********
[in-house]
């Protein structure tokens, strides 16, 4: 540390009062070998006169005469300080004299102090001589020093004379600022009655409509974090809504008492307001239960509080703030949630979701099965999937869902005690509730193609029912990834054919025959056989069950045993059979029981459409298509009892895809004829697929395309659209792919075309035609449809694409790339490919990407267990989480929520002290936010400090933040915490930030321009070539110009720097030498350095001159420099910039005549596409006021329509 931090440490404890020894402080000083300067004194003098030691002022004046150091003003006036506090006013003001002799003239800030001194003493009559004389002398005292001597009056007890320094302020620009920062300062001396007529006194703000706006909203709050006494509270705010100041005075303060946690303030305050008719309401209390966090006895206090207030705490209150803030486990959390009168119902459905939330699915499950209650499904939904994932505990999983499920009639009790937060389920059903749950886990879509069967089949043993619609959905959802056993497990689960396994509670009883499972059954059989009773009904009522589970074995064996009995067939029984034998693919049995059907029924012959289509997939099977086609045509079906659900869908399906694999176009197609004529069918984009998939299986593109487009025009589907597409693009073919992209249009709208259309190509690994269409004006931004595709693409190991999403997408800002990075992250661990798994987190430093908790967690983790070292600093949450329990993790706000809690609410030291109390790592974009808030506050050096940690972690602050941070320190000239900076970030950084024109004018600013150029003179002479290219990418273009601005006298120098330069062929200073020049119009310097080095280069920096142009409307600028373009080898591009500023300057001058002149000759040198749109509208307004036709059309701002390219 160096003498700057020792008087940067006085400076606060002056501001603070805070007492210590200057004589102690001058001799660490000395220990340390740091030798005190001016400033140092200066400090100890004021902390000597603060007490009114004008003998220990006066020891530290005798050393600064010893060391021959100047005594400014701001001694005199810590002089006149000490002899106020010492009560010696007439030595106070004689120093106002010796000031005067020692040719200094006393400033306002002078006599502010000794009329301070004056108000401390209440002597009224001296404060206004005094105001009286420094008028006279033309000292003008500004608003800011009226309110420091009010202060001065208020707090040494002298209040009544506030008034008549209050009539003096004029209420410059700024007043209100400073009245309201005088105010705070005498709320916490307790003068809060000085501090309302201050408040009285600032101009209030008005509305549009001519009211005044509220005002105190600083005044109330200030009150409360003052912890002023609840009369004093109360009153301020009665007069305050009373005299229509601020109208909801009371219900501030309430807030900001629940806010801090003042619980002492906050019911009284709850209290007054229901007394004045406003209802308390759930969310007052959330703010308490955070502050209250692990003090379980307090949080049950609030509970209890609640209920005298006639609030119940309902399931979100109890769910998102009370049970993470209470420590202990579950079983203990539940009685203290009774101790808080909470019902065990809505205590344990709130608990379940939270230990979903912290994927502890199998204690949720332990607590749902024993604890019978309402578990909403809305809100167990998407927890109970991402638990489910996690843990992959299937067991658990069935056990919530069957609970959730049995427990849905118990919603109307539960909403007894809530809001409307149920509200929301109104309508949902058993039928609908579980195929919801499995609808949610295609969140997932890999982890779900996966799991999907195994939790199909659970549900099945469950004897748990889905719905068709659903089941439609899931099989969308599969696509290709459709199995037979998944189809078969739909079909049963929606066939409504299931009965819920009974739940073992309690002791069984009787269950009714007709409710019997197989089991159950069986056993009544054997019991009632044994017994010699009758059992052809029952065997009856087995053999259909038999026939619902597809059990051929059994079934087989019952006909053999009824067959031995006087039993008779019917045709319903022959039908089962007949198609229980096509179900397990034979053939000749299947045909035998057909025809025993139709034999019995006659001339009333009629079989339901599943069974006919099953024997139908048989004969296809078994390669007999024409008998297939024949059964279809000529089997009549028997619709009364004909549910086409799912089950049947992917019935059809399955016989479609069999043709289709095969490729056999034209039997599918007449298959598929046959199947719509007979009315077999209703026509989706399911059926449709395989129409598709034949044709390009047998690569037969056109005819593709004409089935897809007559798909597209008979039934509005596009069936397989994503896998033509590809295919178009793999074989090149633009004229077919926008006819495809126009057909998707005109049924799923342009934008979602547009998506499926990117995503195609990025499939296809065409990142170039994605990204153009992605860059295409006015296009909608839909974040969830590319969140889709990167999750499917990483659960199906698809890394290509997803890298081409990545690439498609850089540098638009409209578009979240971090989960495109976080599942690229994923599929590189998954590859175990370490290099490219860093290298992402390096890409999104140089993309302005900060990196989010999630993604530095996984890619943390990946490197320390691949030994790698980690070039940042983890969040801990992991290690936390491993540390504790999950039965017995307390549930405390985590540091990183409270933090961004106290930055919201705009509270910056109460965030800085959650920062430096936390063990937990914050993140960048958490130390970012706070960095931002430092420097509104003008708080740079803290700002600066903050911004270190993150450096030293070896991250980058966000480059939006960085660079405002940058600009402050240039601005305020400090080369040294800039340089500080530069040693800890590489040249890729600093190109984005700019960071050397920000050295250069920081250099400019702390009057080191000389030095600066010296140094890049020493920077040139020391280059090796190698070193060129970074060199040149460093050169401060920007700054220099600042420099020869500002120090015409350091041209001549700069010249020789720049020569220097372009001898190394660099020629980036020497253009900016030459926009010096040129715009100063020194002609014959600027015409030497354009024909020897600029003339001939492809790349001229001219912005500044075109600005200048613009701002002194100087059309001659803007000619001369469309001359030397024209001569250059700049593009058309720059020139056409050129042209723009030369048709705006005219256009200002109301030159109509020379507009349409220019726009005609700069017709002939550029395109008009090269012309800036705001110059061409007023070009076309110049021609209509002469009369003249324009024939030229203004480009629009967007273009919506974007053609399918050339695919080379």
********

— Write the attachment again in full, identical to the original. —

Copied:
[in-house]
């Protein structure tokens, strides 16, 4: 540390009062070998006169005469300080004299102090001589020093004379600022009655409509974090809504008492307001239960509080703030949630979701099965999937869902005690509730193609029912990834054919025959056989069950045993059979029981459409298509009892895809004829697929395309659209792919075309035609449809694409790339490919990407267990989480929520002290936010400090933040915490930030321009070539110009720097030498350095001159420099910039005549596409006021329509 931090440490404890020894402080000083300067004194003098030691002022004046150091003003006036506090006013003001002799003239800030001194003493009559004389002398005292001597009056007890320094302020620009920062300062001396007529006194703000706006909203709050006494509270705010100041005075303060946690303030305050008719309401209390966090006895206090207030705490209150803030486990959390009168119902459905939330699915499950209650499904939904994932505990999983499920009639009790937060389920059903749950886990879509069967089949043993619609959905959802056993497990689960396994509670009883499972059954059989009773009904009522589970074995064996009995067939029984034998693919049995059907029924012959289509997939099977086609045509079906659900869908399906694999176009197609004529069918984009998939299986593109487009025009589907597409693009073919992209249009709208259309190509690994269409004006931004595709693409190991999403997408800002990075992250661990798994987190430093908790967690983790070292600093949450329990993790706000809690609410030291109390790592974009808030506050050096940690972690602050941070320190000239900076970030950084024109004018600013150029003179002479290219990418273009601005006298120098330069062929200073020049119009310097080095280069920096142009409307600028373009080898591009500023300057001058002149000759040198749109509208307004036709059309701002390219 160096003498700057020792008087940067006085400076606060002056501001603070805070007492210590200057004589102690001058001799660490000395220990340390740091030798005190001016400033140092200066400090100890004021902390000597603060007490009114004008003998220990006066020891530290005798050393600064010893060391021959100047005594400014701001001694005199810590002089006149000490002899106020010492009560010696007439030595106070004689120093106002010796000031005067020692040719200094006393400033306002002078006599502010000794009329301070004056108000401390209440002597009224001296404060206004005094105001009286420094008028006279033309000292003008500004608003800011009226309110420091009010202060001065208020707090040494002298209040009544506030008034008549209050009539003096004029209420410059700024007043209100400073009245309201005088105010705070005498709320916490307790003068809060000085501090309302201050408040009285600032101009209030008005509305549009001519009211005044509220005002105190600083005044109330200030009150409360003052912890002023609840009369004093109360009153301020009665007069305050009373005299229509601020109208909801009371219900501030309430807030900001629940806010801090003042619980002492906050019911009284709850209290007054229901007394004045406003209802308390759930969310007052959330703010308490955070502050209250692990003090379980307090949080049950609030509970209890609640209920005298006639609030119940309902399931979100109890769910998102009370049970993470209470420590202990579950079983203990539940009685203290009774101790808080909470019902065990809505205590344990709130608990379940939270230990979903912290994927502890199998204690949720332990607590749902024993604890019978309402578990909403809305809100167990998407927890109970991402638990489910996690843990992959299937067991658990069935056990919530069957609970959730049995427990849905118990919603109307539960909403007894809530809001409307149920509200929301109104309508949902058993039928609908579980195929919801499995609808949610295609969140997932890999982890779900996966799991999907195994939790199909659970549900099945469950004897748990889905719905068709659903089941439609899931099989969308599969696509290709459709199995037979998944189809078969739909079909049963929606066939409504299931009965819920009974739940073992309690002791069984009787269950009714007709409710019997197989089991159950069986056993009544054997019991009632044994017994010699009758059992052809029952065997009856087995053999259909038999026939619902597809059990051929059994079934087989019952006909053999009824067959031995006087039993008779019917045709319903022959039908089962007949198609229980096509179900397990034979053939000749299947045909035998057909025809025993139709034999019995006659001339009333009629079989339901599943069974006919099953024997139908048989004969296809078994390669007999024409008998297939024949059964279809000529089997009549028997619709009364004909549910086409799912089950049947992917019935059809399955016989479609069999043709289709095969490729056999034209039997599918007449298959598929046959199947719509007979009315077999209703026509989706399911059926449709395989129409598709034949044709390009047998690569037969056109005819593709004409089935897809007559798909597209008979039934509005596009069936397989994503896998033509590809295919178009793999074989090149633009004229077919926008006819495809126009057909998707005109049924799923342009934008979602547009998506499926990117995503195609990025499939296809065409990142170039994605990204153009992605860059295409006015296009909608839909974040969830590319969140889709990167999750499917990483659960199906698809890394290509997803890298081409990545690439498609850089540098638009409209578009979240971090989960495109976080599942690229994923599929590189998954590859175990370490290099490219860093290298992402390096890409999104140089993309302005900060990196989010999630993604530095996984890619943390990946490197320390691949030994790698980690070039940042983890969040801990992991290690936390491993540390504790999950039965017995307390549930405390985590540091990183409270933090961004106290930055919201705009509270910056109460965030800085959650920062430096936390063990937990914050993140960048958490130390970012706070960095931002430092420097509104003008708080740079803290700002600066903050911004270190993150450096030293070896991250980058966000480059939006960085660079405002940058600009402050240039601005305020400090080369040294800039340089500080530069040693800890590489040249890729600093190109984005700019960071050397920000050295250069920081250099400019702390009057080191000389030095600066010296140094890049020493920077040139020391280059090796190698070193060129970074060199040149460093050169401060920007700054220099600042420099020869500002120090015409350091041209001549700069010249020789720049020569220097372009001898190394660099020629980036020497253009900016030459926009010096040129715009100063020194002609014959600027015409030497354009024909020897600029003339001939492809790349001229001219912005500044075109600005200048613009701002002194100087059309001659803007000619001369469309001359030397024209001569250059700049593009058309720059020139056409050129042209723009030369048709705006005219256009200002109301030159109509020379507009349409220019726009005609700069017709002939550029395109008009090269012309800036705001110059061409007023070009076309110049021609209509002469009369003249324009024939030229203004480009629009967007273009919506974007053609399918050339695919080379």